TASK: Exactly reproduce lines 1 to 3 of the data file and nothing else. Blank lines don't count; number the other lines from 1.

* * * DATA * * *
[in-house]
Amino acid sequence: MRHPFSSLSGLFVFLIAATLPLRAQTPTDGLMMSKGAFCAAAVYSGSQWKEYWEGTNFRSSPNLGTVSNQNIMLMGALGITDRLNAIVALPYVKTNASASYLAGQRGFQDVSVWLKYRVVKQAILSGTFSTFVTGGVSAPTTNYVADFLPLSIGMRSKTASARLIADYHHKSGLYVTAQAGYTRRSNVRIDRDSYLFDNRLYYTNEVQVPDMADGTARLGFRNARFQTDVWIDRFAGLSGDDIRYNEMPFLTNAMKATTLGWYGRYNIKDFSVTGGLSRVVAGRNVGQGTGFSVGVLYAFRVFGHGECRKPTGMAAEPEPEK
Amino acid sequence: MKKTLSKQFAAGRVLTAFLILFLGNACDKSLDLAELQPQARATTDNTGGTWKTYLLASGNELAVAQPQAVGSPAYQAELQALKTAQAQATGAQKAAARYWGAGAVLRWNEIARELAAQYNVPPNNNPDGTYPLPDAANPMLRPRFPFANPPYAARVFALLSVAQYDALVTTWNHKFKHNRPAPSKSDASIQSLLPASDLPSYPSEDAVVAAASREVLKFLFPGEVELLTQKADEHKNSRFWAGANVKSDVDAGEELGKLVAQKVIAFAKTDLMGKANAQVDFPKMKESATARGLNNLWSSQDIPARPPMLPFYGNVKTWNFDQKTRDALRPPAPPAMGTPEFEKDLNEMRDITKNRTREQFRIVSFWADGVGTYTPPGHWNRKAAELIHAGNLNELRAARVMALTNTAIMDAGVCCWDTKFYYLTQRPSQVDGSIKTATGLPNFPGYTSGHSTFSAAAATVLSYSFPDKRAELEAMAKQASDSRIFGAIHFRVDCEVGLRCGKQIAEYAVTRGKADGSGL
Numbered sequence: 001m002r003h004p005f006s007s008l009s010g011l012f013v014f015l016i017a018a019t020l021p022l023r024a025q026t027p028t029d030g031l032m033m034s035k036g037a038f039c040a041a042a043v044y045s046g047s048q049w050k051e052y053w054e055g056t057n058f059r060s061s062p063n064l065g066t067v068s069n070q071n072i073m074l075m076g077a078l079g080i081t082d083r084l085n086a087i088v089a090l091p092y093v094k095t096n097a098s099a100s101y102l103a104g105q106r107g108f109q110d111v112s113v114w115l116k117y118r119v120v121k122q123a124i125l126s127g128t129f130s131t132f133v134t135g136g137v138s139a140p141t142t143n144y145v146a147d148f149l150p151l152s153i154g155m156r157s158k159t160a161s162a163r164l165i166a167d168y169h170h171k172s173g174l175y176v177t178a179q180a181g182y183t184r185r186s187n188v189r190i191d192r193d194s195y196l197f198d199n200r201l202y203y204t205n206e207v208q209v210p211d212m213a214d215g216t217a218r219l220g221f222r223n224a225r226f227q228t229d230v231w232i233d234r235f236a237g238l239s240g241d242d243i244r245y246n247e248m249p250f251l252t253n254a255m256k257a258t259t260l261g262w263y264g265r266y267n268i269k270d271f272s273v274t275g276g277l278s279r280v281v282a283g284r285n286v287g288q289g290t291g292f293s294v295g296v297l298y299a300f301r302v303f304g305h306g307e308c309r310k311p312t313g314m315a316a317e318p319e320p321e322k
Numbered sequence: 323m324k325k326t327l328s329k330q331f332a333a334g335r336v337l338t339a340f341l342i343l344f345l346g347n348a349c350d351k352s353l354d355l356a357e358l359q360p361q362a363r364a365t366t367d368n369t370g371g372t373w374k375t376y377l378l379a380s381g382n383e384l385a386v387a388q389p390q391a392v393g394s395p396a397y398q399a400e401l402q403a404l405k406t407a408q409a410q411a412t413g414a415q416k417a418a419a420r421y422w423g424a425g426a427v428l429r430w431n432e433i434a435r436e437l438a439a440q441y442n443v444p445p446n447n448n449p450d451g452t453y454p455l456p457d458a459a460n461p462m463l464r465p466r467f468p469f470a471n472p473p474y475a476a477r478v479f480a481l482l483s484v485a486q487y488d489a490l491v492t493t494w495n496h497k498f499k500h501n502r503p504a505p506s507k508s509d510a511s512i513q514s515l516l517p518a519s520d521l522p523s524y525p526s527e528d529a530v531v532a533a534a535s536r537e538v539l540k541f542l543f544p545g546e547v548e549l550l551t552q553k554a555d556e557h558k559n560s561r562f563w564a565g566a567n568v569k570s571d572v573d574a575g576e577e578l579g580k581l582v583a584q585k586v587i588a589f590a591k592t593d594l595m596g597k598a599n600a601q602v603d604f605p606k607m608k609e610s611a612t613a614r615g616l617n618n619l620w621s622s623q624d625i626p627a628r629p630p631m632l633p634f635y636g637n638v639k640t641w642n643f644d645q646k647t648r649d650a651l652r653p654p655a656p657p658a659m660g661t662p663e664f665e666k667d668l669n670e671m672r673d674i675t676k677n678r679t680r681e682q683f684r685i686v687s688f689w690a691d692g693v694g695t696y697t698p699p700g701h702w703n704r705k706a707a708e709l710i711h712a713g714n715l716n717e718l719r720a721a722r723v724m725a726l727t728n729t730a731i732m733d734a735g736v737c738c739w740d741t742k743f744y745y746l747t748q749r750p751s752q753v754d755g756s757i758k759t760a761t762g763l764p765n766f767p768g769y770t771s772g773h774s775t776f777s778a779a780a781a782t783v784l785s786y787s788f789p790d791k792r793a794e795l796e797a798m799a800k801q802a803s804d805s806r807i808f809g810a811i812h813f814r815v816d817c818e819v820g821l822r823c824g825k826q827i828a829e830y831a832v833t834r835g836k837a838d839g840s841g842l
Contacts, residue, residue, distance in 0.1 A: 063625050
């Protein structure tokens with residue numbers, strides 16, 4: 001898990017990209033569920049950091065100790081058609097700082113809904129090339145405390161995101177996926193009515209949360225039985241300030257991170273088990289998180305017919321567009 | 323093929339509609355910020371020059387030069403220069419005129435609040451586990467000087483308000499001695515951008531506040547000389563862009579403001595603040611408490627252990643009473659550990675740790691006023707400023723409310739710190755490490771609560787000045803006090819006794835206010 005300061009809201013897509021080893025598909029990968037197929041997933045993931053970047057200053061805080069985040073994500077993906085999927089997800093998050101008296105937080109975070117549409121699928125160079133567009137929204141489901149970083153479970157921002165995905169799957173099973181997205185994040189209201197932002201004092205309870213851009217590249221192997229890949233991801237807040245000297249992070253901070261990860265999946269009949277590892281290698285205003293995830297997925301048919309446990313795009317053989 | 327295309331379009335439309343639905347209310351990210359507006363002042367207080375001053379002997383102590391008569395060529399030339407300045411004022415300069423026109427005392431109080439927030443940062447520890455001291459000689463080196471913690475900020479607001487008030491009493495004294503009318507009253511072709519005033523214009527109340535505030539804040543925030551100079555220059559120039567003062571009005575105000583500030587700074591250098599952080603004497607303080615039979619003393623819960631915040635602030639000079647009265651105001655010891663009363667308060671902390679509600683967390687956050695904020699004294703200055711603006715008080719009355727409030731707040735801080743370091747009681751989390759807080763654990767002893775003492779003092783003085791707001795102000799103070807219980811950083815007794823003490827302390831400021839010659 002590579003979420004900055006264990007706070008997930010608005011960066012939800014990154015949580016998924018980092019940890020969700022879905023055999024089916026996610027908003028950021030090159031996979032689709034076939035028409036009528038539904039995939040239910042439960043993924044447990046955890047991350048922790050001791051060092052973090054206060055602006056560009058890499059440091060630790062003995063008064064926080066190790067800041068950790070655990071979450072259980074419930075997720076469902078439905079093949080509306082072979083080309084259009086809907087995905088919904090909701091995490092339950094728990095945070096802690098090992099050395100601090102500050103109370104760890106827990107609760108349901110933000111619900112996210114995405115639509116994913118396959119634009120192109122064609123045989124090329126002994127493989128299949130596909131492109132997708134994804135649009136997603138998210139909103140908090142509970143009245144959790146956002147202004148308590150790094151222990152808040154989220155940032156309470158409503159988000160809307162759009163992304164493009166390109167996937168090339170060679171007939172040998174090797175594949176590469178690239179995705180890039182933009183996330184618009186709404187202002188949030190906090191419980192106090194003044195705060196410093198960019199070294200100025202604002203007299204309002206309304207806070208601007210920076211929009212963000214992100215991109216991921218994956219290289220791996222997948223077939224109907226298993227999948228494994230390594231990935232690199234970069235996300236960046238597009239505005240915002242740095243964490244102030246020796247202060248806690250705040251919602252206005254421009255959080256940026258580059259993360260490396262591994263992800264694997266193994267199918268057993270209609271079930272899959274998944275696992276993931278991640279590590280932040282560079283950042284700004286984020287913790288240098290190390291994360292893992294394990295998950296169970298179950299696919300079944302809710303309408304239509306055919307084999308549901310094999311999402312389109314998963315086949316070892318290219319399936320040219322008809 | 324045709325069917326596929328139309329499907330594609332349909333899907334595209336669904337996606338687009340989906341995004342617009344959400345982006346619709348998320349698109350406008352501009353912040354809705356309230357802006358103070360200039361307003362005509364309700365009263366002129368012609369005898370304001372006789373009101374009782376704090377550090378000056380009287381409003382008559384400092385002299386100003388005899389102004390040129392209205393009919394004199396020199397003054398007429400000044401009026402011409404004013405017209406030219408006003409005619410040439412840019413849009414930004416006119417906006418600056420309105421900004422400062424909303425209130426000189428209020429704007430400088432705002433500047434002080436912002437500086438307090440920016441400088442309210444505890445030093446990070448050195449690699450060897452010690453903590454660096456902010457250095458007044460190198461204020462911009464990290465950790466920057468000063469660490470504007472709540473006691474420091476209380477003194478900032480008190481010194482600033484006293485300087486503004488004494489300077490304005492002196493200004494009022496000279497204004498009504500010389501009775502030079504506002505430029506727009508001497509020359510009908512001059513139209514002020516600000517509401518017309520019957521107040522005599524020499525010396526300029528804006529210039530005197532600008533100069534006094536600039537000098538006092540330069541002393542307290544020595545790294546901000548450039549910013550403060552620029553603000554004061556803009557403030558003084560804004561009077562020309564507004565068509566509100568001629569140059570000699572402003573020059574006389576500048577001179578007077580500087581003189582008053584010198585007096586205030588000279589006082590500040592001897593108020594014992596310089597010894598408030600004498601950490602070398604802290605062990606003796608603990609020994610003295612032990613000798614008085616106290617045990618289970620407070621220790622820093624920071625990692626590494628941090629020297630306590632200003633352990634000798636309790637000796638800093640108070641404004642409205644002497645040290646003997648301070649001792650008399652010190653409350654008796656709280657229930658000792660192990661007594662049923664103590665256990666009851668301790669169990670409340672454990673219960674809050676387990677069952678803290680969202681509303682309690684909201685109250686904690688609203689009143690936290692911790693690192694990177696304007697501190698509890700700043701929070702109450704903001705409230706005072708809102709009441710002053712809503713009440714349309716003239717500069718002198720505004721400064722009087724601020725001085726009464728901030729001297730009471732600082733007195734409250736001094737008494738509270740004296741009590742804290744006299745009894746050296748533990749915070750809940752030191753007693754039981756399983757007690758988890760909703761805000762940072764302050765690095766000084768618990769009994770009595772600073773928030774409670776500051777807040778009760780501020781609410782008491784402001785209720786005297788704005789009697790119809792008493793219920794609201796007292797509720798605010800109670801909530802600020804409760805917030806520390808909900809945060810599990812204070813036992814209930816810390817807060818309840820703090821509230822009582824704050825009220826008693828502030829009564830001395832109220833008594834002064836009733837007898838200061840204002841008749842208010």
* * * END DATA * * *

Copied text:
[in-house]
Amino acid sequence: MRHPFSSLSGLFVFLIAATLPLRAQTPTDGLMMSKGAFCAAAVYSGSQWKEYWEGTNFRSSPNLGTVSNQNIMLMGALGITDRLNAIVALPYVKTNASASYLAGQRGFQDVSVWLKYRVVKQAILSGTFSTFVTGGVSAPTTNYVADFLPLSIGMRSKTASARLIADYHHKSGLYVTAQAGYTRRSNVRIDRDSYLFDNRLYYTNEVQVPDMADGTARLGFRNARFQTDVWIDRFAGLSGDDIRYNEMPFLTNAMKATTLGWYGRYNIKDFSVTGGLSRVVAGRNVGQGTGFSVGVLYAFRVFGHGECRKPTGMAAEPEPEK
Amino acid sequence: MKKTLSKQFAAGRVLTAFLILFLGNACDKSLDLAELQPQARATTDNTGGTWKTYLLASGNELAVAQPQAVGSPAYQAELQALKTAQAQATGAQKAAARYWGAGAVLRWNEIARELAAQYNVPPNNNPDGTYPLPDAANPMLRPRFPFANPPYAARVFALLSVAQYDALVTTWNHKFKHNRPAPSKSDASIQSLLPASDLPSYPSEDAVVAAASREVLKFLFPGEVELLTQKADEHKNSRFWAGANVKSDVDAGEELGKLVAQKVIAFAKTDLMGKANAQVDFPKMKESATARGLNNLWSSQDIPARPPMLPFYGNVKTWNFDQKTRDALRPPAPPAMGTPEFEKDLNEMRDITKNRTREQFRIVSFWADGVGTYTPPGHWNRKAAELIHAGNLNELRAARVMALTNTAIMDAGVCCWDTKFYYLTQRPSQVDGSIKTATGLPNFPGYTSGHSTFSAAAATVLSYSFPDKRAELEAMAKQASDSRIFGAIHFRVDCEVGLRCGKQIAEYAVTRGKADGSGL